unsigned int sample;
byte dotCount = 0;     //Frame counter for peak dot
byte dotHangCount = 0; //Frame counter for holding peak dot

float fscale(float originalMin, float originalMax, float newBegin, float newEnd, float inputValue, float curve);

void setup(void) {
  while (!Serial);
  
  Serial.begin(9600);
  CircuitPlayground.begin();
  
  CircuitPlayground.setAccelRange(LIS3DH_RANGE_8_G);   // TAPS (2/4/8/16)
  CircuitPlayground.setAccelTap(1, CLICKTHRESHHOLD);
  attachInterrupt(digitalPinToInterrupt(CPLAY_LIS3DH_INTERRUPT), tapTime, FALLING);
}

void tapTime(void) {
  // do something :)
   Serial.print(" High ");
   Serial.println(" "); 
}

void loop() {

  X = CircuitPlayground.motionX();
  Y = CircuitPlayground.motionY();
  Z = CircuitPlayground.motionZ();

  Serial.print(" ");
  Serial.print(X);
  Serial.print(" ");
  Serial.print(Y);
  Serial.print(" ");
  Serial.println(Z);

  

    delay(100);
  
  int numPixels = CircuitPlayground.strip.numPixels();
  unsigned long startMillis= millis();  // Start of sample window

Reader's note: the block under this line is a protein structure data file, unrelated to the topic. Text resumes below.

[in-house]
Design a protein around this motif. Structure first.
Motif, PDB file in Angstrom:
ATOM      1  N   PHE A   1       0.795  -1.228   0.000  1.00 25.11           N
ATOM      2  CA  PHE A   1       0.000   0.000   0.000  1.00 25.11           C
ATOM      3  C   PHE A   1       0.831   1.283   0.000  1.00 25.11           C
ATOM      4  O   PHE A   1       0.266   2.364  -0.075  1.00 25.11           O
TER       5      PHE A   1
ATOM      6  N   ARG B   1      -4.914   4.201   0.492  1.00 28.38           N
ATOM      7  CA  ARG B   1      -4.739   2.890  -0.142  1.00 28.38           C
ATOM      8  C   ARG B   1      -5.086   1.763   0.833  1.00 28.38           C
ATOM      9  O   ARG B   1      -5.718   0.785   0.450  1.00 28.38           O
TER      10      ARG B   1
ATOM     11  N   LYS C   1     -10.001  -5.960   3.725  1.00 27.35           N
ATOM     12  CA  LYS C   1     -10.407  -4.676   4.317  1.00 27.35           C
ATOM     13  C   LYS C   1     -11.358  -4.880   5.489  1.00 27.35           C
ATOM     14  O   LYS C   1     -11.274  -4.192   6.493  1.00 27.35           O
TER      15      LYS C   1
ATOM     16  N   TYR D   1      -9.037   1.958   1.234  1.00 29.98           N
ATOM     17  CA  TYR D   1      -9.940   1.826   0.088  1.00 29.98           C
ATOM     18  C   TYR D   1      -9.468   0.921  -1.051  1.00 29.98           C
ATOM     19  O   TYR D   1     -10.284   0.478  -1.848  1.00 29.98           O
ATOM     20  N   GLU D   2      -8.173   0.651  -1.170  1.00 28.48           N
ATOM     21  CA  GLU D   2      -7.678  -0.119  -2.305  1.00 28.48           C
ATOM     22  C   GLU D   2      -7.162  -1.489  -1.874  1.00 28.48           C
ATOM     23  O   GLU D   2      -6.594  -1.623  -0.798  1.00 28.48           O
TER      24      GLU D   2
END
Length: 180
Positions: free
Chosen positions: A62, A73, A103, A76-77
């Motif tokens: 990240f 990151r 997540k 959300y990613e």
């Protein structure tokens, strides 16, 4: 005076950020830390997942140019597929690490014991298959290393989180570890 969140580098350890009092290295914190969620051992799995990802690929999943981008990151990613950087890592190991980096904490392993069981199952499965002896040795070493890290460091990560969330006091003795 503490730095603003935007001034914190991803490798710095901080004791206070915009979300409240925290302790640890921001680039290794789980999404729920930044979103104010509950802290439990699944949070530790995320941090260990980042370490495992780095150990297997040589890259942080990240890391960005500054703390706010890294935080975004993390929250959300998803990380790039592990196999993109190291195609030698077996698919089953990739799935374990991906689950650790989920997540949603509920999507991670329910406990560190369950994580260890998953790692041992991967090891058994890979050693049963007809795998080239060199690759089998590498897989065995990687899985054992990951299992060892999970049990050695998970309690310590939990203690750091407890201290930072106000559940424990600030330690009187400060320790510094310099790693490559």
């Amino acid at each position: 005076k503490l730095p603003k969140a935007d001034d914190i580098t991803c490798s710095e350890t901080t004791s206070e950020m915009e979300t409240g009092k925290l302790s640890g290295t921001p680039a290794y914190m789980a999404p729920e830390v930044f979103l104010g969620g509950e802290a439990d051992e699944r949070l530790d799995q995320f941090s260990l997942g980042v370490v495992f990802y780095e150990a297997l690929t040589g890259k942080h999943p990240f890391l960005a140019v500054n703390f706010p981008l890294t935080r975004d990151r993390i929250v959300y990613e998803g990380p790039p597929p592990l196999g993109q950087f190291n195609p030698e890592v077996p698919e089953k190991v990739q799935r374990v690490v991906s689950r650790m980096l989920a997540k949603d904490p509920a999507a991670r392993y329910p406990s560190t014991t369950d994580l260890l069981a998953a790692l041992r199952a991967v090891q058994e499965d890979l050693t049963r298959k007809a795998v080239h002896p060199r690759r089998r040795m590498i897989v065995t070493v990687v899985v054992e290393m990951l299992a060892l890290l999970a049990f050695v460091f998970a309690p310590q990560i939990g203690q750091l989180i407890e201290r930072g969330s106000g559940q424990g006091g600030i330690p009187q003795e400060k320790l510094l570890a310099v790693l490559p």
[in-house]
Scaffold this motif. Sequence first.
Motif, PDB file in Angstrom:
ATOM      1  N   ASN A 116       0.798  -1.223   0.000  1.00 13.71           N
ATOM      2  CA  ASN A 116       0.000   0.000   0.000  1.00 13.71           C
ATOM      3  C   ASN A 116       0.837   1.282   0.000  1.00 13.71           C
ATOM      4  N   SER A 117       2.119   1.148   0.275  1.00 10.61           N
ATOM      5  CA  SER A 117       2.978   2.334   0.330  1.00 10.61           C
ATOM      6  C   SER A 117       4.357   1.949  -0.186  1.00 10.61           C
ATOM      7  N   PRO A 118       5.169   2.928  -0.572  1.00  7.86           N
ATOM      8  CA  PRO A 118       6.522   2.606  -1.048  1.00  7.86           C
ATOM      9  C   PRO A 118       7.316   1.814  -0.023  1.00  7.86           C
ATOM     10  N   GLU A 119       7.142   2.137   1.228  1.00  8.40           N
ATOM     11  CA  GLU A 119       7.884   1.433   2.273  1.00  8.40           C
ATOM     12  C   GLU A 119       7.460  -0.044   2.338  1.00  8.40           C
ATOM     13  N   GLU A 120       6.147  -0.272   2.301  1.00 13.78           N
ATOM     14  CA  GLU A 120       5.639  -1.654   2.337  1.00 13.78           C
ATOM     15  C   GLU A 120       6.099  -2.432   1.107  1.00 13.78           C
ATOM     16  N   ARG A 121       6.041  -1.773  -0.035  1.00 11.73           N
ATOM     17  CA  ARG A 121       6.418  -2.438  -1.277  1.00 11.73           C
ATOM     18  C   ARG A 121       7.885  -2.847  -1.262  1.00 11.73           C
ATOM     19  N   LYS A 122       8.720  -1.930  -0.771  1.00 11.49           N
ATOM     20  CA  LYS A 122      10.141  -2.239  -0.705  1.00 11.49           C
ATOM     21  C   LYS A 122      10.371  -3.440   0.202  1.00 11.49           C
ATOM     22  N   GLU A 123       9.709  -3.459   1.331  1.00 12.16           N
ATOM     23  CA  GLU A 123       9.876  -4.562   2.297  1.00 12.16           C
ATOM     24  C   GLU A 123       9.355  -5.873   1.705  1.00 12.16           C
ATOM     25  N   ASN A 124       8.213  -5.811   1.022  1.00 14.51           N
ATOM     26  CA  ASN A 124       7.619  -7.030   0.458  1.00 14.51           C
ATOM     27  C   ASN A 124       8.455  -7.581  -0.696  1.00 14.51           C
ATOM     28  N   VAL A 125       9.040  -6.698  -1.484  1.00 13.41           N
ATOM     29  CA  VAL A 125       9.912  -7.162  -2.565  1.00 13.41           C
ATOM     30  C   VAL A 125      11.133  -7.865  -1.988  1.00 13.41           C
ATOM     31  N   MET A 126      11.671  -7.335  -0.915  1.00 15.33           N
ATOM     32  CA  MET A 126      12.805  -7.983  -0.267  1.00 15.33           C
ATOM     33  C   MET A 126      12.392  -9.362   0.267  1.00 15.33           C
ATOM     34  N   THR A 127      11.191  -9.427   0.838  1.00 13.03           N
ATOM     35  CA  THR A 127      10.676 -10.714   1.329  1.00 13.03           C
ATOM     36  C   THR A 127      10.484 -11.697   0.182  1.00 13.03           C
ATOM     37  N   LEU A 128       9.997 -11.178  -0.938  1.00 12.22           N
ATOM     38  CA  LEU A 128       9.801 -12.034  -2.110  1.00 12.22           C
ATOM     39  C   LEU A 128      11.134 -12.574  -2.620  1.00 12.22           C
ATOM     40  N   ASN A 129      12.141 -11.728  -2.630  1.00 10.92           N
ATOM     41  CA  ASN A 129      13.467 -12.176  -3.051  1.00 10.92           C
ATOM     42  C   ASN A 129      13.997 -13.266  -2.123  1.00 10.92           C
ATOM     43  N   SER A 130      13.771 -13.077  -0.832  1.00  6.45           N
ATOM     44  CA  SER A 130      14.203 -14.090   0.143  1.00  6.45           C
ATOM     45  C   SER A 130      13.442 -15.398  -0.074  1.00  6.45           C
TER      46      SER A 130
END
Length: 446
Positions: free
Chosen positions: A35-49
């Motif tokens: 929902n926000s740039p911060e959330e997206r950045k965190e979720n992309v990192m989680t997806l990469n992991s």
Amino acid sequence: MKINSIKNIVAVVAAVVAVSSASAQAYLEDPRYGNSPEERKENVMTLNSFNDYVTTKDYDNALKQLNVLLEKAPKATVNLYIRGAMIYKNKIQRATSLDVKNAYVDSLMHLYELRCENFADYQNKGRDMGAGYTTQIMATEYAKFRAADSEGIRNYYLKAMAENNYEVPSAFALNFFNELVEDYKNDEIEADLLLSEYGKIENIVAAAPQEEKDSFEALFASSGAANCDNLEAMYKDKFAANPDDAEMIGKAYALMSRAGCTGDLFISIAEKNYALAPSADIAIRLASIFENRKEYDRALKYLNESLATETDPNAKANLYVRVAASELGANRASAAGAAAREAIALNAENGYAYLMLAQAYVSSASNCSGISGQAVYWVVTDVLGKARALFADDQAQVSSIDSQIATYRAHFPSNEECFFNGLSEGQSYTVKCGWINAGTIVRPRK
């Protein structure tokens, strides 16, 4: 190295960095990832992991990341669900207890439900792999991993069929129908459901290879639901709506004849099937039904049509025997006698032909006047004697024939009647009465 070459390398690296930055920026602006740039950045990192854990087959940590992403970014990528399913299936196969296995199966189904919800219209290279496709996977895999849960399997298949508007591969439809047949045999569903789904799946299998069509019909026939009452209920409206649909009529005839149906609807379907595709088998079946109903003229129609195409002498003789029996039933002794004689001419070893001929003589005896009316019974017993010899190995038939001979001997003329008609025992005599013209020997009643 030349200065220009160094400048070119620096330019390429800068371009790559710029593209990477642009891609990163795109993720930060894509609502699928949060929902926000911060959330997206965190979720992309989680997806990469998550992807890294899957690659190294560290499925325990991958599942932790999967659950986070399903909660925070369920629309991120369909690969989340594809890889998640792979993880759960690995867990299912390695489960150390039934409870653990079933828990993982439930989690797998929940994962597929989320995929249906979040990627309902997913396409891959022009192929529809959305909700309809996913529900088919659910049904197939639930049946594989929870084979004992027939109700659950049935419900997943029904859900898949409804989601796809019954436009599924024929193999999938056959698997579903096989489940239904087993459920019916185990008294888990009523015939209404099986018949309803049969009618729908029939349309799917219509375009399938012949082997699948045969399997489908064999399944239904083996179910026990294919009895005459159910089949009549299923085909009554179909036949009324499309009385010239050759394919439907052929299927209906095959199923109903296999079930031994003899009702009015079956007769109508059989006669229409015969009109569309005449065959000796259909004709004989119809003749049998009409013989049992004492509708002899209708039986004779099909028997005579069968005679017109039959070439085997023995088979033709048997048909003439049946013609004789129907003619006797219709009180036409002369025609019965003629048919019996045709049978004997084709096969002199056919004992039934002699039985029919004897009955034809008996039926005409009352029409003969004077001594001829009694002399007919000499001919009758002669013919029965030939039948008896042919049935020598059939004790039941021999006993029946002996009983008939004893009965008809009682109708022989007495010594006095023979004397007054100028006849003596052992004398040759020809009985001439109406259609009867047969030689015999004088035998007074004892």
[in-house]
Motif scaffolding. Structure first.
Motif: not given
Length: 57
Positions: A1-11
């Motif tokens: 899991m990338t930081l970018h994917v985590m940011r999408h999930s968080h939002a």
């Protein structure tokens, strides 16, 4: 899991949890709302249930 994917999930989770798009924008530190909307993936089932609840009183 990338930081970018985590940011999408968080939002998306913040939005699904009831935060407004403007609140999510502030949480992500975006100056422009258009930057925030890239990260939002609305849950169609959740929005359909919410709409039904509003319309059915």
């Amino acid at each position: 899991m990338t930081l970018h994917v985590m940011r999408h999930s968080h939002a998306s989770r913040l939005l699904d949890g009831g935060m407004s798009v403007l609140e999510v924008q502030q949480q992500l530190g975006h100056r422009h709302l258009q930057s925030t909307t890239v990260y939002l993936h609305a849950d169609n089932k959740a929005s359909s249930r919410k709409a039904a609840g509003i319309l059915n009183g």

float peakToPeak = 0;   // peak-to-peak level

  unsigned int signalMax = 0;
  unsigned int signalMin = 1023;
  unsigned int c, y;

  // collect data for length of sample window (in mS)
  while (millis() - startMillis < SAMPLE_WINDOW)
  {
    sample = analogRead(MIC_PIN);
    if (sample < 1024)  // toss out spurious readings
    {
      if (sample > signalMax)
      {
        signalMax = sample;  // save just the max levels
      }
      else if (sample < signalMin)
      {
        signalMin = sample;  // save just the min levels
      }
    }
  }
  peakToPeak = signalMax - signalMin;  // max - min = peak-peak amplitude
 
  // Serial.println(peakToPeak);

  //Fill the strip with rainbow gradient